Thursday, March 17, 2011
Interview: Brooks Anderson of Veritas in Dallas
Anderson talks about why he left his career as a lawyer to open a wine bar.
Wine is an adventure. Each year, a million or so new vintages hit the shelves. Each year, bottles already stored away age — and change — just a little. No wonder people abandon lucrative careers to pursue the subject.
That’s the story of Brooks Anderson. After he and his brother, Brad, built a name for their law practice (Anderson & Anderson, naturally), the nuances and mysteries of fine wine began to creep into his mind. The brothers began studying, tasting, passing the first rigorous tests toward master sommelier status — and they found an empty space on Henderson Avenue.
Their wine room, Veritas, has earned both professional acclaim and word of mouth buzz. What are they doing right? Well, not watching basketball, for one…
Critic’s Guide: So when I first met you, you were a lawyer with a brand new Cadillac. And now?
Brooks Anderson: Now I’m a wine guy in a Cadillac with a lease up in three months. I think the next car will be a downgrade from the CTS. Now I carry cases of wine around everyday. I need space.
Critic’s Guide: Why leave a law career and, presumably, money?
Anderson: I didn’t enjoy the constant stress. Yes, there’s probably less money in a wine bar. But building the business has been so much fun.
Critic’s Guide: Sure — you get to taste a lot of wines. After a few thousand, do any stand out as favorites?
Anderson: You know, what I’ve found that happens to professional wine drinkers — that sounds funny to say — is that after a few years, your personal preferences change. For example, now I like whites that are light, crisp and acidic. The buttery, oaky wines are fine, but just don’t interest me. It’s a similar thing with reds. The big,
leathery fruity ones are just too heavy. Too me, the Napa Cabs are too fruity. I prefer Barolo or a crisp, light Pinot Noir — which is weird, because I love big huge beers.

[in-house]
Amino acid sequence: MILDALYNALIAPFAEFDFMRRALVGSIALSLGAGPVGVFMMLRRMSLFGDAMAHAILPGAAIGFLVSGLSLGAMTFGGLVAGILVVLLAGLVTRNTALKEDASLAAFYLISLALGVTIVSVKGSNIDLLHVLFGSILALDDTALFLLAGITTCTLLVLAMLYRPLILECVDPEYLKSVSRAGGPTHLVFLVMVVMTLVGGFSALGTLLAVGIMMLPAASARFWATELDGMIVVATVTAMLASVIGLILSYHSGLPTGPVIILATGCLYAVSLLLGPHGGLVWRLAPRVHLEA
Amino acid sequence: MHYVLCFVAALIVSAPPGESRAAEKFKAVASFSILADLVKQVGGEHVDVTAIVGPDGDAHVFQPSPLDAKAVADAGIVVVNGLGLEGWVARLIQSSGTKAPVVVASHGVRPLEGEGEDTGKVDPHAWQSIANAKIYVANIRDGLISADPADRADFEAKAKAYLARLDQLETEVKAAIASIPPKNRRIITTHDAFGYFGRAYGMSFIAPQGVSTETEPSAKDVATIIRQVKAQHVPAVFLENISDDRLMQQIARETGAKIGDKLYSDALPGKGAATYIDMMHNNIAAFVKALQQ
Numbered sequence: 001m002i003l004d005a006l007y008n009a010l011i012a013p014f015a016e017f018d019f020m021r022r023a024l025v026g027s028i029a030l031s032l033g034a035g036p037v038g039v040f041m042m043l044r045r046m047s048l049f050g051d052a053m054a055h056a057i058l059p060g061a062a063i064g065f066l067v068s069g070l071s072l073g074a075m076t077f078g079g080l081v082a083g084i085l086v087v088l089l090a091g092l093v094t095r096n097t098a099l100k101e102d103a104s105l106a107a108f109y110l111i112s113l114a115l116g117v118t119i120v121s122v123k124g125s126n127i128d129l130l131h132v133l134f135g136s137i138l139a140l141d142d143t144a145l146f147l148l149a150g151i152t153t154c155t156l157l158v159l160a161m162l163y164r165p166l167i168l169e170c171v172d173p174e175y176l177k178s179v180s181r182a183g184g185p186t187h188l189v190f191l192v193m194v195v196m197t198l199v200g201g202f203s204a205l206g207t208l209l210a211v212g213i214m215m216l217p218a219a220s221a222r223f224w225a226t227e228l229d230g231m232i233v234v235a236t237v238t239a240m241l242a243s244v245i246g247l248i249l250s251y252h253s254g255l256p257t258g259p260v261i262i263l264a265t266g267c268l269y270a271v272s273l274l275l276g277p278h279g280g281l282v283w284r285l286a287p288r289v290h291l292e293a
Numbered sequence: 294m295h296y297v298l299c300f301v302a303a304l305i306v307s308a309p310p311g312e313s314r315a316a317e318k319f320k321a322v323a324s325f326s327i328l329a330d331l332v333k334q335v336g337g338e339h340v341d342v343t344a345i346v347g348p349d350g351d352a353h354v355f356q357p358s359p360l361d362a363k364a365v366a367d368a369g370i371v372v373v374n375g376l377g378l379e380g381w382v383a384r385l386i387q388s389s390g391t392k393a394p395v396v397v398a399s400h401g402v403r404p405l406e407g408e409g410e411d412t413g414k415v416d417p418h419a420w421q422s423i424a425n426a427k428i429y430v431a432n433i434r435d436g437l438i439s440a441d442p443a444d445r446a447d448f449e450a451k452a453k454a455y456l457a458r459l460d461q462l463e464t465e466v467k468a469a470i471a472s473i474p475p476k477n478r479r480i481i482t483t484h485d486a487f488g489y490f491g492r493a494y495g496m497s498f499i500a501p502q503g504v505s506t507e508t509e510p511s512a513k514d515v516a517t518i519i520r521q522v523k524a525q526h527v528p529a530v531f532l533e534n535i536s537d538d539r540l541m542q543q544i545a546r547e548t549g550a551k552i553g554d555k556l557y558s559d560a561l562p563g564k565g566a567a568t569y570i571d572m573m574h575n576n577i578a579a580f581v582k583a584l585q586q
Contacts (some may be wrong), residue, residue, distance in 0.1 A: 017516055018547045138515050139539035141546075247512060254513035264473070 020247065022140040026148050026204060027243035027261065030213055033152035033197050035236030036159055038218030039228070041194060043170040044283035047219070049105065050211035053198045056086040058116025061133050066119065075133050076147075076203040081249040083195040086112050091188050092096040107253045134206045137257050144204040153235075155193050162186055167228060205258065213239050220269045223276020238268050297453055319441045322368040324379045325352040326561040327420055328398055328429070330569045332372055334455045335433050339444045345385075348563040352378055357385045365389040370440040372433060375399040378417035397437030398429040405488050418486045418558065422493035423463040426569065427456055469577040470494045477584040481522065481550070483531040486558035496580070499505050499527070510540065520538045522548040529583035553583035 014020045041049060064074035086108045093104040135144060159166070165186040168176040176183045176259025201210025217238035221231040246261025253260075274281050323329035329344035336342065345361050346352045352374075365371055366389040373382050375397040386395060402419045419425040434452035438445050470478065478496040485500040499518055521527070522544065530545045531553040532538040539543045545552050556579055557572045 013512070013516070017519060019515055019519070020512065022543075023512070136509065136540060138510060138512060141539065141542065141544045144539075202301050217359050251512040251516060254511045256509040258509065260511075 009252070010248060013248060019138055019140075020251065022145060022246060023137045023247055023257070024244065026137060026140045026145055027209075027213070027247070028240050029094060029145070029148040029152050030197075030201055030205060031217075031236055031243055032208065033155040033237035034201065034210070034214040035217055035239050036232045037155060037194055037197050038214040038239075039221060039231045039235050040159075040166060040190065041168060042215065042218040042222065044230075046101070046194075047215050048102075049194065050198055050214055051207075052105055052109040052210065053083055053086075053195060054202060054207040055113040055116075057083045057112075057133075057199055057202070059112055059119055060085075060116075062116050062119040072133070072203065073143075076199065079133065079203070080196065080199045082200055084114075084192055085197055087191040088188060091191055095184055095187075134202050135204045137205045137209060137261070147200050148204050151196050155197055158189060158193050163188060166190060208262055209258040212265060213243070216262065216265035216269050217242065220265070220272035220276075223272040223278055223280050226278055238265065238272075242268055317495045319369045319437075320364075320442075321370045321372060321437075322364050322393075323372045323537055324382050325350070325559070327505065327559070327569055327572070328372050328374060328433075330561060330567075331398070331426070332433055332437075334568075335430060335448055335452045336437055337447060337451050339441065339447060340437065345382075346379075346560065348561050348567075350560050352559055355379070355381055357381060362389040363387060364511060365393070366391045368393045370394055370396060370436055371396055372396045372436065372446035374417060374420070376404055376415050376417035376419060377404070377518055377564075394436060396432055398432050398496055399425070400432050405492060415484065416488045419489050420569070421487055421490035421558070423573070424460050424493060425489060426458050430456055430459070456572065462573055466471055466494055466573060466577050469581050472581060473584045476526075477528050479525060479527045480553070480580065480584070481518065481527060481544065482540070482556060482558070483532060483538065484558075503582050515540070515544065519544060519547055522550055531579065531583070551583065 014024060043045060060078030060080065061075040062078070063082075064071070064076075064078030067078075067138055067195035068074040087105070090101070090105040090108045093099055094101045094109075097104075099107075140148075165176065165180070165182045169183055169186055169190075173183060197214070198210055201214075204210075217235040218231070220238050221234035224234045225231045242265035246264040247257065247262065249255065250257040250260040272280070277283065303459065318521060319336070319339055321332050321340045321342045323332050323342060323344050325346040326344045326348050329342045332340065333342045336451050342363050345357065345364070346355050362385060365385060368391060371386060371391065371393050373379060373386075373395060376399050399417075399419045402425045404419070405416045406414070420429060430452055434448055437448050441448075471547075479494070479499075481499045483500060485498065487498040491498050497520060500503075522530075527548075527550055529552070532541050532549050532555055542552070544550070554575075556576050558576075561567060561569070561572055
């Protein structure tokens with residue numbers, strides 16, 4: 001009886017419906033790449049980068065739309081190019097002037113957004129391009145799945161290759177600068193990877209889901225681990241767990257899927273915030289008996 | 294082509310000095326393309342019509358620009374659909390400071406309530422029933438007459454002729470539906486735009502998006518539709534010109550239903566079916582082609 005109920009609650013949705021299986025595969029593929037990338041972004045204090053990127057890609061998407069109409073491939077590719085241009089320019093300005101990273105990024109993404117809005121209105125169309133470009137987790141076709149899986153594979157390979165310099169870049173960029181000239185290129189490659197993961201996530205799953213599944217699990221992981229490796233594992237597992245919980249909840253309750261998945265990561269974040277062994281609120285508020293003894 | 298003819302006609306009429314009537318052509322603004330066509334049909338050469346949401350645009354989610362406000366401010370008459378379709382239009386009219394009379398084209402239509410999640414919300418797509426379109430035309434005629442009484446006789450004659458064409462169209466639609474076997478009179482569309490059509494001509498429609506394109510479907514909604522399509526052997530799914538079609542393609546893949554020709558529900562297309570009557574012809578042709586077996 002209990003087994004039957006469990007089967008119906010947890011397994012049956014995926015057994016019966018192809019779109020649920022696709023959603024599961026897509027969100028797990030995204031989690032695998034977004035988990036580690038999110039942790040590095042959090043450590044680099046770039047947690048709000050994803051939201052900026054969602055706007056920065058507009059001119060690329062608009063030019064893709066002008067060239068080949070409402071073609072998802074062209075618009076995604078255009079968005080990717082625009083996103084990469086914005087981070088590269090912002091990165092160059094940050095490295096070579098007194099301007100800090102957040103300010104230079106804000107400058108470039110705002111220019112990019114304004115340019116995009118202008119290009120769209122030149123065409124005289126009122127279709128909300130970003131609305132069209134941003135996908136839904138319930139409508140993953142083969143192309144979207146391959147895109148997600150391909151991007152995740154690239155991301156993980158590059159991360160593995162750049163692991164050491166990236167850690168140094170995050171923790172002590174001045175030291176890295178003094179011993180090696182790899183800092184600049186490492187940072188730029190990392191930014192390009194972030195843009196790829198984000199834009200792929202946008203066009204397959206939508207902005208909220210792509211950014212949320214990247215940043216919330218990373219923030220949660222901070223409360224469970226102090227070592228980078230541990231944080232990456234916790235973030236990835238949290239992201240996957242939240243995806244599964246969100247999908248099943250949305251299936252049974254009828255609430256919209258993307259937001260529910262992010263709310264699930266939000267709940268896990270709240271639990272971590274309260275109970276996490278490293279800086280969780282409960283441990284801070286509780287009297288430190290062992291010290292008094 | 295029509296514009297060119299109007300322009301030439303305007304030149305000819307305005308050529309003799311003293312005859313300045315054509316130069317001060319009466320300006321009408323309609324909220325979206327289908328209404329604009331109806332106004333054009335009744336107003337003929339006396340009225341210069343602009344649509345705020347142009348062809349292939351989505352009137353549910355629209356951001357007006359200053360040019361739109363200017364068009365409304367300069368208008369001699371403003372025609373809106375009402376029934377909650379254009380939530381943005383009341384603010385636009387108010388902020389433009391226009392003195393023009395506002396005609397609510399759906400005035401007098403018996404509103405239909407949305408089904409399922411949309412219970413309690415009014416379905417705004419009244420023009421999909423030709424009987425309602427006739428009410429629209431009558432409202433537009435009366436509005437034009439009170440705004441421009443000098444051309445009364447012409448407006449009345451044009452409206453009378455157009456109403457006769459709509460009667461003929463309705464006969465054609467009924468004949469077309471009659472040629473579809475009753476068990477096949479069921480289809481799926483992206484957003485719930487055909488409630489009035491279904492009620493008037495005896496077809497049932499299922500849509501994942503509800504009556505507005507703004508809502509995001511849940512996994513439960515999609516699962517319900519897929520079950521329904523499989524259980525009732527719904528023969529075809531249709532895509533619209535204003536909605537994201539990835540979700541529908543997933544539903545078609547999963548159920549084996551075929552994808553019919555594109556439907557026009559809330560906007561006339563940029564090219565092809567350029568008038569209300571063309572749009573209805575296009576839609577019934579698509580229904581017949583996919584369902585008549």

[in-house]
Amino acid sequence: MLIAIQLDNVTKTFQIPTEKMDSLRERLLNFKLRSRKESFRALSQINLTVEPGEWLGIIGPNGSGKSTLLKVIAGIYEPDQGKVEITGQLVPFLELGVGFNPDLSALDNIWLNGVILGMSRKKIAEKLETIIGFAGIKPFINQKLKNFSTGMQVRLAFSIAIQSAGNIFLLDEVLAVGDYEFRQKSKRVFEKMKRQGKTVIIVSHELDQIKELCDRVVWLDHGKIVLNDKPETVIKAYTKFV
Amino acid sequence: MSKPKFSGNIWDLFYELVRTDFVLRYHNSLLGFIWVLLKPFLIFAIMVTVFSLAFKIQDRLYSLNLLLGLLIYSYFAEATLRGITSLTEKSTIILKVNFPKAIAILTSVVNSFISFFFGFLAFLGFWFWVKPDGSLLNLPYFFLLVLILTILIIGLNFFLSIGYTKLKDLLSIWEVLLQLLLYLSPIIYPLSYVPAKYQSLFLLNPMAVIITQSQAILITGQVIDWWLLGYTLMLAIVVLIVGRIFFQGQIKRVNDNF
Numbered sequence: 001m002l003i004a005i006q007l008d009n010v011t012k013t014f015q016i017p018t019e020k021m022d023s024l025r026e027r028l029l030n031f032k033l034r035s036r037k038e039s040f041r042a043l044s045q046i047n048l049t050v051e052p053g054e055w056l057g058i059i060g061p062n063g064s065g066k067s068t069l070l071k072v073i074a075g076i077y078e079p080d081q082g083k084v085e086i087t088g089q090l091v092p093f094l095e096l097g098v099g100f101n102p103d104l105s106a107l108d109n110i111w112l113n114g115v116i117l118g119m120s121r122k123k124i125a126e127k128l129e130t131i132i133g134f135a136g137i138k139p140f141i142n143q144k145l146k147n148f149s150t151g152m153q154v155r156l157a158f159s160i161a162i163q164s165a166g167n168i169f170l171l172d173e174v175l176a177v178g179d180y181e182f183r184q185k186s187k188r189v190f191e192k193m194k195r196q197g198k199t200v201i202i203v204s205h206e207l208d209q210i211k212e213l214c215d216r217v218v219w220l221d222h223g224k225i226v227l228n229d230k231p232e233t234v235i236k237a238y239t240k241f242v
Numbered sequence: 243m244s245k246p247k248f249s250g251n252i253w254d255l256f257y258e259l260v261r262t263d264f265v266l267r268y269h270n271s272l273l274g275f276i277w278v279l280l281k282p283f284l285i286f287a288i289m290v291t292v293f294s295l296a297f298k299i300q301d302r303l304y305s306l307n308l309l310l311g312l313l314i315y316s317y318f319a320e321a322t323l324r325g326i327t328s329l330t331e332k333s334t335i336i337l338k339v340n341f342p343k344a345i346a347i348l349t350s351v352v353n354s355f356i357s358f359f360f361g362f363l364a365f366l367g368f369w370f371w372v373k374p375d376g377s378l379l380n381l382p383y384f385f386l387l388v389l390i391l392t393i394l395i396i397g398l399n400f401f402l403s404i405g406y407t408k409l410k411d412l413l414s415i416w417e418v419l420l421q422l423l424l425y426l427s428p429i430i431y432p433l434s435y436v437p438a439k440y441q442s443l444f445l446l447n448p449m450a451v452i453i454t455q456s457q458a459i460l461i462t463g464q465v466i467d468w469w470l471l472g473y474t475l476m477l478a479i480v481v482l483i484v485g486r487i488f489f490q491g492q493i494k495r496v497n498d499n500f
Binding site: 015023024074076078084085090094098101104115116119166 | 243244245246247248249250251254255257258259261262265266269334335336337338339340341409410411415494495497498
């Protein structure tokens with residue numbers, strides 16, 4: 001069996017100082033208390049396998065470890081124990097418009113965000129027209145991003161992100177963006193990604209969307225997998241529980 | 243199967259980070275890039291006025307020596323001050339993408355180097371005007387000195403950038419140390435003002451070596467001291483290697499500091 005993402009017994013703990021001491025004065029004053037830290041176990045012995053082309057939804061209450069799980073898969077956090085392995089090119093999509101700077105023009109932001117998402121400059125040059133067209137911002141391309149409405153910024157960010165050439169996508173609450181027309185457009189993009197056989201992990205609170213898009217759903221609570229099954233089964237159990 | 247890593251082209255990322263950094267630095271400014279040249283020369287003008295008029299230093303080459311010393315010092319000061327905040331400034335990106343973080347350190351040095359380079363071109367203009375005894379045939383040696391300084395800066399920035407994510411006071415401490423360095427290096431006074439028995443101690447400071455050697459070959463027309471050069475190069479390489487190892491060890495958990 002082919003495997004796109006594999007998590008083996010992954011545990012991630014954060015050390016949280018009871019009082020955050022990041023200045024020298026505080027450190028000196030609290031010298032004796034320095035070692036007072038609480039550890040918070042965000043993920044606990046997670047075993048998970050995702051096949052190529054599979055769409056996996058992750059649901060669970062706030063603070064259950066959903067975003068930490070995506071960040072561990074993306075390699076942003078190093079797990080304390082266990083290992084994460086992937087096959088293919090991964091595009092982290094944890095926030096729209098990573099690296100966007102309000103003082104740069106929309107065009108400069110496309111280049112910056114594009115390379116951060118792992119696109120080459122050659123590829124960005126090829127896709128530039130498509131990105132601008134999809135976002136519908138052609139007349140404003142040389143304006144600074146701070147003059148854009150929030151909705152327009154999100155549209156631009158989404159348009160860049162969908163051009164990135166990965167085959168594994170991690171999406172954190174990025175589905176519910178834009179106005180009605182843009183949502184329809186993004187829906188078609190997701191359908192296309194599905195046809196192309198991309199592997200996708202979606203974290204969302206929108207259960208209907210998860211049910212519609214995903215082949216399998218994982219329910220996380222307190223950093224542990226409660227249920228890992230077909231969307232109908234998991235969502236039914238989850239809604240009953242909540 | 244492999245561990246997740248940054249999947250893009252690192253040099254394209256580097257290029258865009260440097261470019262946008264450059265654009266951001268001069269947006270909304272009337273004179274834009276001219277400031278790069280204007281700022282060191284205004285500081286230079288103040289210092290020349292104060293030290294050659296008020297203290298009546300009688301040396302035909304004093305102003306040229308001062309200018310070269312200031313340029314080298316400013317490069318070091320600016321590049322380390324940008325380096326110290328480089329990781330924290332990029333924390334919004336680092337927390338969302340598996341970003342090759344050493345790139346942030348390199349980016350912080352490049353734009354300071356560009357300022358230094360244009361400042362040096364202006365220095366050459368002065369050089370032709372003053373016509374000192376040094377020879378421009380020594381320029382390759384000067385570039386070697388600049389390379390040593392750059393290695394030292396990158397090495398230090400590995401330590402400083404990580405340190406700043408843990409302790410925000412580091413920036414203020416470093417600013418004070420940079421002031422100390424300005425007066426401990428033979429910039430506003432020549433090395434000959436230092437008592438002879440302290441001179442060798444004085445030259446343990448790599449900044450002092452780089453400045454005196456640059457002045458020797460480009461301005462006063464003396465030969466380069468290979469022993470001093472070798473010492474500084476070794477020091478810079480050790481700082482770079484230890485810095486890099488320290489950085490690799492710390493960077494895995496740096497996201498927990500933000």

Critic’s Guide: Does it take long to learn descriptors like “leathery?”
Anderson: Hey, I was an attorney and we deal with words. But I’m still learning. There are those times when an expert will say “I get boysenberry.” So what’s boysenberry taste like? And how is that specifically different from a range of other berries? The way I look at it, there are classes of flavors — red fruits, blue fruits. That’s what you look for. You can pick out floral notes in a wine. Now whether they are white flowers or yellow flowers is up to others. Really, I’m still learning wine every day.
Critic’s Guide: When tasting professionally, you swish and spit. Can you really get all the nuances that way?
Anderson: No. At least I don’t. What you get with the swish and spit method are the basic traits. You can tell whether or not it’s a wine you can sell at $15. But for real tasting notes — to truly understand a wine — you need a good half glass.
Critic’s Guide: So who is going to win the NCAA tournament?
Anderson: I just had a buddy invite me to participate in his bracket. I’ve been so busy I don’t even know the number one team. I have two ankle surgeries to prove my love of basketball. But now I’m the first guy in history to back out of a bracket.
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